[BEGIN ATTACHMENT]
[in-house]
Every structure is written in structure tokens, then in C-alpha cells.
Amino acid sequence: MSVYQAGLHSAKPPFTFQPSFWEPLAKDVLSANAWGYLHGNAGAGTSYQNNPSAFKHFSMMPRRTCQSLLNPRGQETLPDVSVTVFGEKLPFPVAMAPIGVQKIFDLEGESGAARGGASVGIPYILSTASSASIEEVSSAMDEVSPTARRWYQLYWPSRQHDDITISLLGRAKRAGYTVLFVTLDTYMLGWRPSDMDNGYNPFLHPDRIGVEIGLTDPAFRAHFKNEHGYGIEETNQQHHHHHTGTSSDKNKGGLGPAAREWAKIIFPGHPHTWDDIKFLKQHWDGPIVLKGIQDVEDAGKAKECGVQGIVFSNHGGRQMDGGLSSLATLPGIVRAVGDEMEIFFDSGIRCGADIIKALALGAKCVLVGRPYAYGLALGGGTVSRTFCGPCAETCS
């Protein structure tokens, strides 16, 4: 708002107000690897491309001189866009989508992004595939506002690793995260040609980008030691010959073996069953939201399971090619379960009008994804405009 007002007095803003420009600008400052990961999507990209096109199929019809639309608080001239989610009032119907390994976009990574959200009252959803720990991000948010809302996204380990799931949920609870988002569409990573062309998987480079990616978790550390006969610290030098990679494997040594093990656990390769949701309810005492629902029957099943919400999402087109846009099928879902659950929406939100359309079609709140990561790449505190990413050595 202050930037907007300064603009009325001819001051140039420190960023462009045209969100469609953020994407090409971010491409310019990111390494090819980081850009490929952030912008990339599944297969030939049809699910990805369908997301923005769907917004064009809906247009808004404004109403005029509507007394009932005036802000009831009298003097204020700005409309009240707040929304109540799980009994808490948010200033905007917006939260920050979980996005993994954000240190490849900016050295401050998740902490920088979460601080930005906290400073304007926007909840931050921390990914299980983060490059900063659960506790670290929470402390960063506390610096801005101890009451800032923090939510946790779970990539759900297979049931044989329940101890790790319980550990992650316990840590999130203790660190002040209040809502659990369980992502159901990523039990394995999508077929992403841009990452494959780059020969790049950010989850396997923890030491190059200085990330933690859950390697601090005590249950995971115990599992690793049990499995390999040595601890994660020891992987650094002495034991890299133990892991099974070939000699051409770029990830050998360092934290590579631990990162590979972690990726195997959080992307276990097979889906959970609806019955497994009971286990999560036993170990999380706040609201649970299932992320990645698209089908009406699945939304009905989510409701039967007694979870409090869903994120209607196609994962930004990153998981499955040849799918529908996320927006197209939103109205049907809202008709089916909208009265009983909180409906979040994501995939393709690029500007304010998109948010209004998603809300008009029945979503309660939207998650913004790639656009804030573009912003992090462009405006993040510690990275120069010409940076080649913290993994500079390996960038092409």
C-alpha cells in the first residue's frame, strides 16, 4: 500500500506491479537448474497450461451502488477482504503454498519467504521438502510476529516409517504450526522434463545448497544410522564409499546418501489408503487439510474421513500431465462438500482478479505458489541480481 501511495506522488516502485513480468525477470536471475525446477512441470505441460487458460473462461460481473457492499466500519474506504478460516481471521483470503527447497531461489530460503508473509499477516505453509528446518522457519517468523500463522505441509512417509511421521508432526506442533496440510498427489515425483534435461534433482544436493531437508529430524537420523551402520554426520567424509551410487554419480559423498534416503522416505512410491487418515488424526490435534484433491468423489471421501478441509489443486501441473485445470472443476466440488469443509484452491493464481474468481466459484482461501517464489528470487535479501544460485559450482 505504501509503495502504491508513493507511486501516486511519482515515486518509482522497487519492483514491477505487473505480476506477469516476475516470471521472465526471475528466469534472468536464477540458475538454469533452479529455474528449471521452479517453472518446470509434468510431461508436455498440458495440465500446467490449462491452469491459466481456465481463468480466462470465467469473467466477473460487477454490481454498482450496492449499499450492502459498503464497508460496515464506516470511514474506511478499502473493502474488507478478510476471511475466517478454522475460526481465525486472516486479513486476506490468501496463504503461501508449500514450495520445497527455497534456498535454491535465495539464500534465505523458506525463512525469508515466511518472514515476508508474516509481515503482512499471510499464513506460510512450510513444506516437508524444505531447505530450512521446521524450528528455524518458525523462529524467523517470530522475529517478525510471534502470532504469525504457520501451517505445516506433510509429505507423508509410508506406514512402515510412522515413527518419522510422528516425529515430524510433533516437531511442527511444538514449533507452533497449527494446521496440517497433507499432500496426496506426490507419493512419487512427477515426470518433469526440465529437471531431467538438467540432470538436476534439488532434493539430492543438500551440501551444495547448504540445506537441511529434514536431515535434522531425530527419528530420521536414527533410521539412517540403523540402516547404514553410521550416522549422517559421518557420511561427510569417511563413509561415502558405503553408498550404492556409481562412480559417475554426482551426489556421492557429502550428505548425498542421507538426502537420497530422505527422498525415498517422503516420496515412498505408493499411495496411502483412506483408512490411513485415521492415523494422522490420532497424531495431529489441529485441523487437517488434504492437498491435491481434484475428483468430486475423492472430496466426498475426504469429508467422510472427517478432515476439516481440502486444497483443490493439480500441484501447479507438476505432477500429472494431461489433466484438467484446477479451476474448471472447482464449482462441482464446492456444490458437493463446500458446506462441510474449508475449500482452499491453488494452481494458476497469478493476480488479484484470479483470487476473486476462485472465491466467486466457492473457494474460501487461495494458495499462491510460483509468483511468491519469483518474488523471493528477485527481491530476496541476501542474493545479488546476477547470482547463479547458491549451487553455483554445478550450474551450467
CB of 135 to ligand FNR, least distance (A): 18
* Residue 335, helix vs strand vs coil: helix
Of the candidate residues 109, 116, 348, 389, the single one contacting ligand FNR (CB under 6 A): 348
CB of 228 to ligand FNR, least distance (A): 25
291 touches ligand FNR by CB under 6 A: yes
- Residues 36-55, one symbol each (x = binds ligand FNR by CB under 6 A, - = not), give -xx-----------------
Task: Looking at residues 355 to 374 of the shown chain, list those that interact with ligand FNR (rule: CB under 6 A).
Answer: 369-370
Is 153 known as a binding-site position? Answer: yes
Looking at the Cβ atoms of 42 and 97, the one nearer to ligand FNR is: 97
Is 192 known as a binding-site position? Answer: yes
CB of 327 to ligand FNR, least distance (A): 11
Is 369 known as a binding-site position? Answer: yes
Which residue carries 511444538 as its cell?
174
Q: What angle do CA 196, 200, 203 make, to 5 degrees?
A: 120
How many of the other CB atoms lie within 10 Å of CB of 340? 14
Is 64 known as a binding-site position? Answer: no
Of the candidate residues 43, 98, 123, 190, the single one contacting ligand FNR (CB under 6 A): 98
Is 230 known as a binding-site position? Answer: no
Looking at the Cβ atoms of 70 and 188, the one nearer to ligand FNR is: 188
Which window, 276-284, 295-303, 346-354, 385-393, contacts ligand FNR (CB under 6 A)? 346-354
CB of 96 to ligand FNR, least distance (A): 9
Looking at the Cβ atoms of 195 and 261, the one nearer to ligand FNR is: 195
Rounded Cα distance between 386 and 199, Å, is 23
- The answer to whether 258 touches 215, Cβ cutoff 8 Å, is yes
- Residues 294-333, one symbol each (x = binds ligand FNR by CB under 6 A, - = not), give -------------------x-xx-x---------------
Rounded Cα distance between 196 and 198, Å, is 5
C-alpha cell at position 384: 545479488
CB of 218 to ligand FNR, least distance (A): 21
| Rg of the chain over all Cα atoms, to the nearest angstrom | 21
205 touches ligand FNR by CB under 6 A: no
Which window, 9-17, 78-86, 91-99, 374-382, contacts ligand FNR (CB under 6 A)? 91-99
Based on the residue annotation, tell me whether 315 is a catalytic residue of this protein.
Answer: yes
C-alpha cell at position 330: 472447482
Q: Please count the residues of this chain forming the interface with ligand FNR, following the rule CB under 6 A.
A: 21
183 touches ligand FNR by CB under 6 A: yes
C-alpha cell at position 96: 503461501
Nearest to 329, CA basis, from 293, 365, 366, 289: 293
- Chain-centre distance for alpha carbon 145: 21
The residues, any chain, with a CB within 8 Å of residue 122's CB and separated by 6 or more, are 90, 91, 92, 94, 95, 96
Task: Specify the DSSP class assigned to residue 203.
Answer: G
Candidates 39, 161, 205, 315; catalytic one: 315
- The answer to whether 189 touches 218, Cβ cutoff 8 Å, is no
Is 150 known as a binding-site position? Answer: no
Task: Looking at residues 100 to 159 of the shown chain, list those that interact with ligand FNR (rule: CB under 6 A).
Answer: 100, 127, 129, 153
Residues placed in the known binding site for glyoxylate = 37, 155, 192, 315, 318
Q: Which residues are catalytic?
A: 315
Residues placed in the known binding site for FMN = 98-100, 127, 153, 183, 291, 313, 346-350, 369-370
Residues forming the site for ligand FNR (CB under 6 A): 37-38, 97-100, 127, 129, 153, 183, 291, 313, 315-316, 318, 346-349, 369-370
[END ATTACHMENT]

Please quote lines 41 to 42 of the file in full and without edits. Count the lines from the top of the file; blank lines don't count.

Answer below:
Answer: yes
C-alpha cell at position 330: 472447482